as delivered by Adm. Mike Mullen, Chairman of the Joint Chiefs of Staff , Kansas State University, Manhattan, Kansas Wednesday, 03 March 2010.
I’ve come to three conclusions – three principles – about the proper use of modern military forces:
1) … military power should not – maybe cannot – be the last resort of the state. Military forces are some of the most flexible and adaptable tools to policymakers. We can, merely by our presence, help alter certain behavior. Before a shot is even fired, we can bolster a diplomatic argument, support a friend or deter an enemy. We can assist rapidly in disaster-relief efforts, as we did in the aftermath of Haiti’s earthquake. We can help gather intelligence, support reconnaissance and provide security.
And we can do so on little or no notice. That ease of use is critical for deterrence. An expeditionary force that provides immediate, tangible effects. It is also vital when innocent lives are at risk. So yes, the military may be the best and sometimes the first tool; it should never be the only tool.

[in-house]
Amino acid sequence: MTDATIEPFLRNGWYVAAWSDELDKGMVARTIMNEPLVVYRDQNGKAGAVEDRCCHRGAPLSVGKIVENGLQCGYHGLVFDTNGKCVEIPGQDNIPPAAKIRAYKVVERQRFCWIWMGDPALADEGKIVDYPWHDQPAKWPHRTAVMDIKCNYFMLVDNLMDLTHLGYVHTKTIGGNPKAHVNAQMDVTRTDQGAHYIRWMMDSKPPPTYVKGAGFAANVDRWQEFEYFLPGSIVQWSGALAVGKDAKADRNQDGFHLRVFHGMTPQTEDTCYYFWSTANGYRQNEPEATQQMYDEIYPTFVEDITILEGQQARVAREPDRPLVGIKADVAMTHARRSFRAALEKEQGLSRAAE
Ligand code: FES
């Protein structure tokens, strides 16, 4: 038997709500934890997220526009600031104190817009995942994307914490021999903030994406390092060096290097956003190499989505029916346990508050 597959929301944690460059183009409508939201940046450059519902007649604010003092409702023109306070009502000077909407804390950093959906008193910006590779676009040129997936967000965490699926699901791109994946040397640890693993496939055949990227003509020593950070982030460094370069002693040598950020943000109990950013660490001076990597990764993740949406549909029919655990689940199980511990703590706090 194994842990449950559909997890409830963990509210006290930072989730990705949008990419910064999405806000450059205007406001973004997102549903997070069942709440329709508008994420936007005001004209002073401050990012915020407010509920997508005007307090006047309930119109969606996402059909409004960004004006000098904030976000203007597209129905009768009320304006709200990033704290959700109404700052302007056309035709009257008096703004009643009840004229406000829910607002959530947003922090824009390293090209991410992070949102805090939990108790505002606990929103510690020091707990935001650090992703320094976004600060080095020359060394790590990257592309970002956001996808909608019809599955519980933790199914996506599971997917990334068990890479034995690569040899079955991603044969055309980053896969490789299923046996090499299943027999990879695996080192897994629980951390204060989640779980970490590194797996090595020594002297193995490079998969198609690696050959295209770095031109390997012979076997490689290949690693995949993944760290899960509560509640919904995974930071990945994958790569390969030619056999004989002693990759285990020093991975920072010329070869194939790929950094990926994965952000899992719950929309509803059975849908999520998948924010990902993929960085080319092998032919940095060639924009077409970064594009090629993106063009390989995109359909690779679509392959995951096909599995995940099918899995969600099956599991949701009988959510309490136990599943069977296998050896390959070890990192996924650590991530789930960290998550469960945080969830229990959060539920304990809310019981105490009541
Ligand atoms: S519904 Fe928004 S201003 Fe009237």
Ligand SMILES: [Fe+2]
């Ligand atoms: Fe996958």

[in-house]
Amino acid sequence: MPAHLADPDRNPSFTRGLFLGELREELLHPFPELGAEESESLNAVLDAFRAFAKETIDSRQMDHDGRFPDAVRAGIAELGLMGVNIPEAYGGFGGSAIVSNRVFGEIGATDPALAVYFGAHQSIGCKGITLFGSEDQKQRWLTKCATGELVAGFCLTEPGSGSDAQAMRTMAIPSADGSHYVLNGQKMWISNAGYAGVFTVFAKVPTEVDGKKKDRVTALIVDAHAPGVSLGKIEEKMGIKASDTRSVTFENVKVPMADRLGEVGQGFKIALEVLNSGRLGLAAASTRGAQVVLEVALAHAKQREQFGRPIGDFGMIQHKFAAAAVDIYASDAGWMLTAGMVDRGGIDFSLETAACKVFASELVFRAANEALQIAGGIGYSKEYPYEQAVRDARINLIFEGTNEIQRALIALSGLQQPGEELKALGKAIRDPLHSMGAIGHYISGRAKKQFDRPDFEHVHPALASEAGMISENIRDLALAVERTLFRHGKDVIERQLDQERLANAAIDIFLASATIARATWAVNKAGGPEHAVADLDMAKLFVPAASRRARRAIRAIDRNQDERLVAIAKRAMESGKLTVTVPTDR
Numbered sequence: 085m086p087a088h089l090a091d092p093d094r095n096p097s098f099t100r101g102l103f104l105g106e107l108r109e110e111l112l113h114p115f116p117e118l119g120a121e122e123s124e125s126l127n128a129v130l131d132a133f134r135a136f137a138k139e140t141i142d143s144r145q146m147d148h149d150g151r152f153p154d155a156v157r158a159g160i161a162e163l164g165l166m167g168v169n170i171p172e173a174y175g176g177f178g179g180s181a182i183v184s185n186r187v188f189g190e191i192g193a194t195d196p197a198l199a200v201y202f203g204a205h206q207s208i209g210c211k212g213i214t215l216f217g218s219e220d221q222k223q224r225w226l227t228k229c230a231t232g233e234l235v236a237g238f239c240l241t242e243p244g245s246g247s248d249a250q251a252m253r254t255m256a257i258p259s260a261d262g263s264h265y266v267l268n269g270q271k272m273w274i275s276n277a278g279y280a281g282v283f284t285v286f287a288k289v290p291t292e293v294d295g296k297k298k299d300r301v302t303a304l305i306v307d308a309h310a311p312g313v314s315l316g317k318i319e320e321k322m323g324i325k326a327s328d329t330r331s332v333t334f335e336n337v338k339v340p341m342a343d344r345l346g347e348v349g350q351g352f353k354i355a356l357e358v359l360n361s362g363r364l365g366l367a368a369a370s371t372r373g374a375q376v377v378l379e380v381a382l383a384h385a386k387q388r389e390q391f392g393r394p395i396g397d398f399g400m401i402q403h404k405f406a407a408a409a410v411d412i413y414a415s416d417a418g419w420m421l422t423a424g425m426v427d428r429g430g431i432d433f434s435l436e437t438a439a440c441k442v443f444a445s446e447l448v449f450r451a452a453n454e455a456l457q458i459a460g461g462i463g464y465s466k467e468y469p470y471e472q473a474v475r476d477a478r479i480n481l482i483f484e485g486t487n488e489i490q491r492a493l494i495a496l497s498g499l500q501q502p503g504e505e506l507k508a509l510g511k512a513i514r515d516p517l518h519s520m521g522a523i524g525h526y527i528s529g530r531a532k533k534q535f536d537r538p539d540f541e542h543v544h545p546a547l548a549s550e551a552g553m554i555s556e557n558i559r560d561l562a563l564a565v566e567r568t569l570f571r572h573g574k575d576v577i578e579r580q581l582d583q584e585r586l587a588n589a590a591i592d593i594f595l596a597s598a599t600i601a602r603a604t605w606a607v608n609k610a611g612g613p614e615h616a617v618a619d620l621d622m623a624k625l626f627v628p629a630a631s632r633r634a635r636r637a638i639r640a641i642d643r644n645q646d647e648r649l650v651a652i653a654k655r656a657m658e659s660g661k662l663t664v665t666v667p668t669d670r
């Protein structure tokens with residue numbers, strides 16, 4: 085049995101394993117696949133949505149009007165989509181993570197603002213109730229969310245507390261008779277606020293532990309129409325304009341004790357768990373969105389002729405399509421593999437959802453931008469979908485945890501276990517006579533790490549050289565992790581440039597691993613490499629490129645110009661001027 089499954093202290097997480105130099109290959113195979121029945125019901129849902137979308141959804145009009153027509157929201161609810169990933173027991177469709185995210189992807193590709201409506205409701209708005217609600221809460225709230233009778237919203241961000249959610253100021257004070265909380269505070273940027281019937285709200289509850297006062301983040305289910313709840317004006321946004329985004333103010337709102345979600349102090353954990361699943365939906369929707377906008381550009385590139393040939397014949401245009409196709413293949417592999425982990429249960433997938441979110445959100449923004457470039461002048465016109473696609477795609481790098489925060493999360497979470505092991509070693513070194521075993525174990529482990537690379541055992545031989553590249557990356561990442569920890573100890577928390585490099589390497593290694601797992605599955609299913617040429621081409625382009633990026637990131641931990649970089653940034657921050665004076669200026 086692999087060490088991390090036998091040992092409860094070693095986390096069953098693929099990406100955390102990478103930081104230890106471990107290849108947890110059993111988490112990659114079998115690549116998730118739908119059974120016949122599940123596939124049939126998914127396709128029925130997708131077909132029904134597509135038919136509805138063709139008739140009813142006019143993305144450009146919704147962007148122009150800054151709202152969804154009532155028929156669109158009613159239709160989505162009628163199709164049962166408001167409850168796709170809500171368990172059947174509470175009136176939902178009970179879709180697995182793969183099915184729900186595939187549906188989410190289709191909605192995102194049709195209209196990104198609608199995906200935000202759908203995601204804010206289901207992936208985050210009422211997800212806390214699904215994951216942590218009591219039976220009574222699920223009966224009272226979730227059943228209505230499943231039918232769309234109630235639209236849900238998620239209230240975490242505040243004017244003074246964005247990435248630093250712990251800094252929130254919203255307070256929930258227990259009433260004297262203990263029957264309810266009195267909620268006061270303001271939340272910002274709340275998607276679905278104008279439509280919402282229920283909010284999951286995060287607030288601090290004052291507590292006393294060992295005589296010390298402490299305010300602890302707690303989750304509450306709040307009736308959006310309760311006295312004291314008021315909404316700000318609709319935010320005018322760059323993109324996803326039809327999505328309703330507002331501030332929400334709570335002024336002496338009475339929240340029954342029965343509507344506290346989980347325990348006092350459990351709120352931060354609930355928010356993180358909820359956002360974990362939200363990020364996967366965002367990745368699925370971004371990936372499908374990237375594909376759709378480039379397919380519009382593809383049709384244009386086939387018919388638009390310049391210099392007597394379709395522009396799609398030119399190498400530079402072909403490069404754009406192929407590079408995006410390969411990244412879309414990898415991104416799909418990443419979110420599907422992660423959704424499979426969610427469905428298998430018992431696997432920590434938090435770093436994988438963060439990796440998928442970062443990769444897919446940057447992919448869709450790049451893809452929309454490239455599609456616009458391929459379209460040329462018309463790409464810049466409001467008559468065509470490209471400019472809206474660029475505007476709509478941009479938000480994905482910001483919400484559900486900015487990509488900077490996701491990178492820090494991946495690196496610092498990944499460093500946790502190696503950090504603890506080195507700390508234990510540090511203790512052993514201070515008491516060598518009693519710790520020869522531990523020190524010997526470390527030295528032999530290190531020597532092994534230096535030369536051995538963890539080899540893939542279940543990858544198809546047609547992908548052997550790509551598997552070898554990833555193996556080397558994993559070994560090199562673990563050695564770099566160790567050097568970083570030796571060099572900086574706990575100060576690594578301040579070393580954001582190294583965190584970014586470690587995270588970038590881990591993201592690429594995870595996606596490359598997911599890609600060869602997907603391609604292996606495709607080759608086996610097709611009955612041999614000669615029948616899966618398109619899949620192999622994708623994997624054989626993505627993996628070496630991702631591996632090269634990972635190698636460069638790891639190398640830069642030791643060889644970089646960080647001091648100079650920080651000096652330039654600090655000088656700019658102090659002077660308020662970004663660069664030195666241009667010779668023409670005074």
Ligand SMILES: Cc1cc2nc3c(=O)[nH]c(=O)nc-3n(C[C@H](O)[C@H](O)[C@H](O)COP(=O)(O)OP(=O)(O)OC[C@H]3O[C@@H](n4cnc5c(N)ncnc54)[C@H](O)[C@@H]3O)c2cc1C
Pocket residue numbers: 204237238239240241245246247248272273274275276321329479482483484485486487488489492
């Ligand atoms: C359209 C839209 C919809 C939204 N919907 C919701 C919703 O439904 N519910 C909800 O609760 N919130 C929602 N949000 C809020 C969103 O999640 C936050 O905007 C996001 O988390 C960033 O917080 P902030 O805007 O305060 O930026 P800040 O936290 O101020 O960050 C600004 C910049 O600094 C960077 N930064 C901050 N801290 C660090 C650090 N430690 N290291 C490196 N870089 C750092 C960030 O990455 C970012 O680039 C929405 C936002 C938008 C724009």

2) Force should, to the maximum extent possible, be applied in a precise and principled way.
3) Policy and strategy should constantly struggle with one another. Some in the military no doubt would prefer political leadership that lays out a specific strategy and then gets out of the way, leaving the balance of the implementation to commanders in the field. But the experience of the last nine years tells us two things: A clear strategy for military operations is essential; and that strategy will have to change as those operations evolve. In other words, success in these types of wars is iterative; it is not decisive.
Mullen’s first principle is dangerous in the extreme. It is a sad reminder of the militarization of the American state. Mullen suffers from an inexplicable amnesia of the horrors of war in the 20th Century.
America will likely be paying a high price for decades to come in what comes around from the quick and easy resort to war in 2002-2003 by policy-makers enthralled with their military instrument. If war is not a last resort, then policy-makers are abject failures as leaders.